GDPR concerns itself with the processing, storage, and transmission of personal data. Sending a single email to a single person counts as processing data. To process the personal data you have to have a lawful basis to have/process that data. There are rules about processing the data of data subjects (GDPR) and there are rules about communication/marketing to data subjects (Privacy and Electronic Communication Regulations).
As for consent, don't send a second email. That's asking for trouble. Honda, Flybe, and others were fined (under PECR) for doing just that. Don't think of it as 'how long do you wait until you can conclude they have not given consent', think of it as 'I haven't received an indication of their consent through a positive, affirmative action, so I can only treat them as not having given consent'.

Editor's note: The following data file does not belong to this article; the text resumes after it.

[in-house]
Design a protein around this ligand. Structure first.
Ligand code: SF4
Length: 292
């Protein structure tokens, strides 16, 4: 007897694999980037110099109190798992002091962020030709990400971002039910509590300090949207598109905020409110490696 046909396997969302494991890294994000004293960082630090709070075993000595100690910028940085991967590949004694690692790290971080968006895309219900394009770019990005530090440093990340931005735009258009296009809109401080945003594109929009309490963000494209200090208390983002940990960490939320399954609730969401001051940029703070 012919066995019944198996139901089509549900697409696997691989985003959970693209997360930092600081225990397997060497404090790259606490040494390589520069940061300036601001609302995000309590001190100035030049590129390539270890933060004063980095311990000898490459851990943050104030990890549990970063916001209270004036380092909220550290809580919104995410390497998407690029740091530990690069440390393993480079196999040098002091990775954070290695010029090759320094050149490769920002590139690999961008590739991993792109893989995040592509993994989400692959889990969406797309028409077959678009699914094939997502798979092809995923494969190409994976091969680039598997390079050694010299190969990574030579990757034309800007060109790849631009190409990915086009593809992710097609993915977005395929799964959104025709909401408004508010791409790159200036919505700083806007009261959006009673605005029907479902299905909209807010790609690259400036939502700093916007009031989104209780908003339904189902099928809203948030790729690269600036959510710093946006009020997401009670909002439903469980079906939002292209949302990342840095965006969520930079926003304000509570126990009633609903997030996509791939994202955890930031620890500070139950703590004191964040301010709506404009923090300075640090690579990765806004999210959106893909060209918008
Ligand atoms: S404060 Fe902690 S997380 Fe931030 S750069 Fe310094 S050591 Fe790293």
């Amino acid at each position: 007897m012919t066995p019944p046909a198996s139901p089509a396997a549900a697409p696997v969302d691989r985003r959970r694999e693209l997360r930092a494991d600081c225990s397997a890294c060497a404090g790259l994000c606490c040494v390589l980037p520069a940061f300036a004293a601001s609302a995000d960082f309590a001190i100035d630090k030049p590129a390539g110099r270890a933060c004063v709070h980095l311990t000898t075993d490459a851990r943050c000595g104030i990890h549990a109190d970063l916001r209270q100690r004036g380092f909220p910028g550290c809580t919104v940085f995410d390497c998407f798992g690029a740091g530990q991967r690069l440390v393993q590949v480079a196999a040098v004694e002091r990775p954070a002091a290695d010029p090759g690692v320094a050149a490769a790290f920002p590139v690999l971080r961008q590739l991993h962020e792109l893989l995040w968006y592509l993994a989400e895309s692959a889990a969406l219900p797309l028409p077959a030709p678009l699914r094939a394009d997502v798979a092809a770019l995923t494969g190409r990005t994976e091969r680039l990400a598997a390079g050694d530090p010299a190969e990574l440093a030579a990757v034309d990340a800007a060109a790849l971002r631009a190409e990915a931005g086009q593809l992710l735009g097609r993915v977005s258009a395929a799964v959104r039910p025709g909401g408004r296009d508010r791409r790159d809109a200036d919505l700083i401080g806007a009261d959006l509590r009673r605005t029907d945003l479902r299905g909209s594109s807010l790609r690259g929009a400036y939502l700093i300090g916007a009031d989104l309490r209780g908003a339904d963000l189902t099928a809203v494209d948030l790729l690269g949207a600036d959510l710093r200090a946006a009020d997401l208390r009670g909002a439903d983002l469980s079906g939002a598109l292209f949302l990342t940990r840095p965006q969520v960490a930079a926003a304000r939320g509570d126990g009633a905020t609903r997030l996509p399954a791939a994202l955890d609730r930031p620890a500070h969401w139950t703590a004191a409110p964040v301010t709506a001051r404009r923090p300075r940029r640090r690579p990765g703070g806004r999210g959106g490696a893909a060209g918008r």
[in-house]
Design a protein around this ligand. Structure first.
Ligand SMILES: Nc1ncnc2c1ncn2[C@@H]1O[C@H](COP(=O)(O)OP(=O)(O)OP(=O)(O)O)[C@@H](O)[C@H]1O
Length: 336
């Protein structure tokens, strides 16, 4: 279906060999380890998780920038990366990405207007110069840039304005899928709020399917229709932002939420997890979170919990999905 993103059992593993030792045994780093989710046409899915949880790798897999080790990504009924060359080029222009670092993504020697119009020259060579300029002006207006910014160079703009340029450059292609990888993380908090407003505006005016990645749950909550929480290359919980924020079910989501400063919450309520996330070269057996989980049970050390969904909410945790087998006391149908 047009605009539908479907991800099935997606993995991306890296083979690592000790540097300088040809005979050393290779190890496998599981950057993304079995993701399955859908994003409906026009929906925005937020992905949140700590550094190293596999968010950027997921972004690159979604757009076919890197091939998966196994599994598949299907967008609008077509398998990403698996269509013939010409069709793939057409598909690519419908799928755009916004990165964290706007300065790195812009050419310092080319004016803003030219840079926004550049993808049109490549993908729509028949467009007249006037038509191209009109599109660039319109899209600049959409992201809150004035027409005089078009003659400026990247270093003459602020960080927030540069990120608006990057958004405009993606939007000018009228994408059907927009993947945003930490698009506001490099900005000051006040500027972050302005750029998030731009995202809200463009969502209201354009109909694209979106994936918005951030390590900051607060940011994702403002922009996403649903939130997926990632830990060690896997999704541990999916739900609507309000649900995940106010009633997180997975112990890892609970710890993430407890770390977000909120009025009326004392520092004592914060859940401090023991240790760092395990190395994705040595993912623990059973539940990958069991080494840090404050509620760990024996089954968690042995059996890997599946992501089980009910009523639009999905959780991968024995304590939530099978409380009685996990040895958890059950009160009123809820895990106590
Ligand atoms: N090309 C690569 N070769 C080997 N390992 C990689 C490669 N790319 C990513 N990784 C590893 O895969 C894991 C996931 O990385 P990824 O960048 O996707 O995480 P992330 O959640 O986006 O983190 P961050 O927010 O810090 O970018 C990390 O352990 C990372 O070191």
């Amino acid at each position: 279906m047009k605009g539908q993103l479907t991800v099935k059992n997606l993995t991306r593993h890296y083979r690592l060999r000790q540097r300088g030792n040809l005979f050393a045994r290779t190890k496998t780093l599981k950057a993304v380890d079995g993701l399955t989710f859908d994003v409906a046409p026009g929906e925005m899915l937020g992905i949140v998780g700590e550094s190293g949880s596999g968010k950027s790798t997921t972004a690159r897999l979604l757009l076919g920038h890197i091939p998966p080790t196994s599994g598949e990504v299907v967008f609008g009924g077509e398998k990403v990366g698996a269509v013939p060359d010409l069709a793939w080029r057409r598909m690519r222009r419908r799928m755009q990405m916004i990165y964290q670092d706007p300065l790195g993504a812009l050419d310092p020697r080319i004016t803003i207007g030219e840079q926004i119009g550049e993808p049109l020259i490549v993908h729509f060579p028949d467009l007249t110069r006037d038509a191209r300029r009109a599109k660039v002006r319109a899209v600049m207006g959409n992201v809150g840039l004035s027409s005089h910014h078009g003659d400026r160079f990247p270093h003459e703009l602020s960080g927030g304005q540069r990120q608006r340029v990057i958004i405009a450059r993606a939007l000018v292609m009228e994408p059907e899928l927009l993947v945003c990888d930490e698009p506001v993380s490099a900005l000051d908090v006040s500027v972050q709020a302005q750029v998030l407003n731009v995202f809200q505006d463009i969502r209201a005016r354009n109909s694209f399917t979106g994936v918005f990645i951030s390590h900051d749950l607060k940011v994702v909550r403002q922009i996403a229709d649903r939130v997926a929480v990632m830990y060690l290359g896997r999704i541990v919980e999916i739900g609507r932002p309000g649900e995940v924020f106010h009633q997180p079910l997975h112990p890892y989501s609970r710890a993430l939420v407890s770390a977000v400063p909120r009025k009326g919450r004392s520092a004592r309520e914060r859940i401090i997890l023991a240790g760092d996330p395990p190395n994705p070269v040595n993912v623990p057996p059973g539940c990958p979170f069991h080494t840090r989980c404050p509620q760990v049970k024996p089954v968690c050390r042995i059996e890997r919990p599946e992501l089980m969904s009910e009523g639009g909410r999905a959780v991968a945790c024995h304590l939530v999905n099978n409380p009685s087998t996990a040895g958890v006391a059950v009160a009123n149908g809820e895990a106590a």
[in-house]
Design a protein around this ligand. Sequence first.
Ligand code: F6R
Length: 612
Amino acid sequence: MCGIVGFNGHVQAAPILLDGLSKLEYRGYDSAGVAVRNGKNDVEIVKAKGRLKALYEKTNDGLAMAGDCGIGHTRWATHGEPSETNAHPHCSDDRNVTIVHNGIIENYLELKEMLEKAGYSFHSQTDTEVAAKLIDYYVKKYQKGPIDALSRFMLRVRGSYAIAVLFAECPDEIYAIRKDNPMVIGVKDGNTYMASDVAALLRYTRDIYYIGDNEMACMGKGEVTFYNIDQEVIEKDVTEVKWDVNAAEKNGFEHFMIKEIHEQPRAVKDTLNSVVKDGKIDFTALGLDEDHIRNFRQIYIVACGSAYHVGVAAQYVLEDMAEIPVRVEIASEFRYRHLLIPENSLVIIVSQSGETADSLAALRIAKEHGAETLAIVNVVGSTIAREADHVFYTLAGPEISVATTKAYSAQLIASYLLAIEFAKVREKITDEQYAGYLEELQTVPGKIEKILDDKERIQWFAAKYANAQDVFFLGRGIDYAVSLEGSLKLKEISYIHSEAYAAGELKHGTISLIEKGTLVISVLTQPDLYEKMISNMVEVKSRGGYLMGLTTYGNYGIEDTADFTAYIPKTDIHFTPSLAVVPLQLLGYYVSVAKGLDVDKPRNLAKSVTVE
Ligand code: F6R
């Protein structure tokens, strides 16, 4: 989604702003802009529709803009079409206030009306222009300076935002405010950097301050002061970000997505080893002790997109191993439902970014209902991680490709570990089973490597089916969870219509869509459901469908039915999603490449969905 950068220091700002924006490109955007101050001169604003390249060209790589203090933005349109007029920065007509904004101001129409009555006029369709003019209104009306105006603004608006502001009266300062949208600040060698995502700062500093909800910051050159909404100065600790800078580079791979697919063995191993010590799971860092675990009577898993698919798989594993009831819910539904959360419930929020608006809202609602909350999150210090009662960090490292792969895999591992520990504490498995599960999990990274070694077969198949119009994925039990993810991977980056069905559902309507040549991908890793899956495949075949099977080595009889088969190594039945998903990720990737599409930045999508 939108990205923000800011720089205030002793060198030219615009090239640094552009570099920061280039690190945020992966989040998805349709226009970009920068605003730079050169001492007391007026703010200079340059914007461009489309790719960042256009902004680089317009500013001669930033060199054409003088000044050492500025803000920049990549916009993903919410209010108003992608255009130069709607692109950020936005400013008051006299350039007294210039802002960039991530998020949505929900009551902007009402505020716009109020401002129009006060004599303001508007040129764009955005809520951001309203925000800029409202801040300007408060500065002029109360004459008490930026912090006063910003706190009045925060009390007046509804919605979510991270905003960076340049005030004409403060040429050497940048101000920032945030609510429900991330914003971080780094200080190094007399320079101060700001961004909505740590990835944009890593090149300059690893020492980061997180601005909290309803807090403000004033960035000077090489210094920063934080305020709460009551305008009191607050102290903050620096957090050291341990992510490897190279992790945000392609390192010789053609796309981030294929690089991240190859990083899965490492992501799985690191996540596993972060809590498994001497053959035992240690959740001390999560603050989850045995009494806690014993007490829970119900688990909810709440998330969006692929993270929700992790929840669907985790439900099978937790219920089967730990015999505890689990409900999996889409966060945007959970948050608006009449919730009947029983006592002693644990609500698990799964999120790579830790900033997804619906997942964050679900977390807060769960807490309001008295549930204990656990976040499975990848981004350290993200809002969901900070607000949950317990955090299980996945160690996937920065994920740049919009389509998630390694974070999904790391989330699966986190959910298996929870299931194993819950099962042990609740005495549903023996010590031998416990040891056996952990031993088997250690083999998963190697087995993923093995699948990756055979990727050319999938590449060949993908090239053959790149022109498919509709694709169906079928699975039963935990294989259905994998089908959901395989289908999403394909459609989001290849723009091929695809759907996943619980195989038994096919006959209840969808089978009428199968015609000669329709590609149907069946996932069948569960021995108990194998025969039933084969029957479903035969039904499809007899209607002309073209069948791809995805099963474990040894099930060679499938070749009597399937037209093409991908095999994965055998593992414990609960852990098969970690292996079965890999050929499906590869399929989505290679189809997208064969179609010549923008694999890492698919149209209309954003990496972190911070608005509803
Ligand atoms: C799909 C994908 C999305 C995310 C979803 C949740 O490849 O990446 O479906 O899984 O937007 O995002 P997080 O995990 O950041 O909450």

If they do give consent, record it. You cannot infer nor assume you have consent through inaction, no response, etc.
Currently, there is a "soft opt-in" that allows you to market electronically (and a newsletter counts as marketing) to existing customers if 1) the product you are marketing is allied or similar to the product or service they already receive(d) from you, 2) there is an opt-out option in every communication, 3) they were told at the time you gathered their personal data that you wish to market to them and they had a chance to opt-out at that point, 4) and the email you use to communicate with them was the one gathered at that time.
Giving a business card out does not give consent to process the data. It cannot count as 'consent' unless there is a verifiable, recorded positive affirmative action recording the consent, when it was gained, and what - exactly - they were consenting to. Using the data on the card is more likely to be covered under the legitimate interest lawful basis.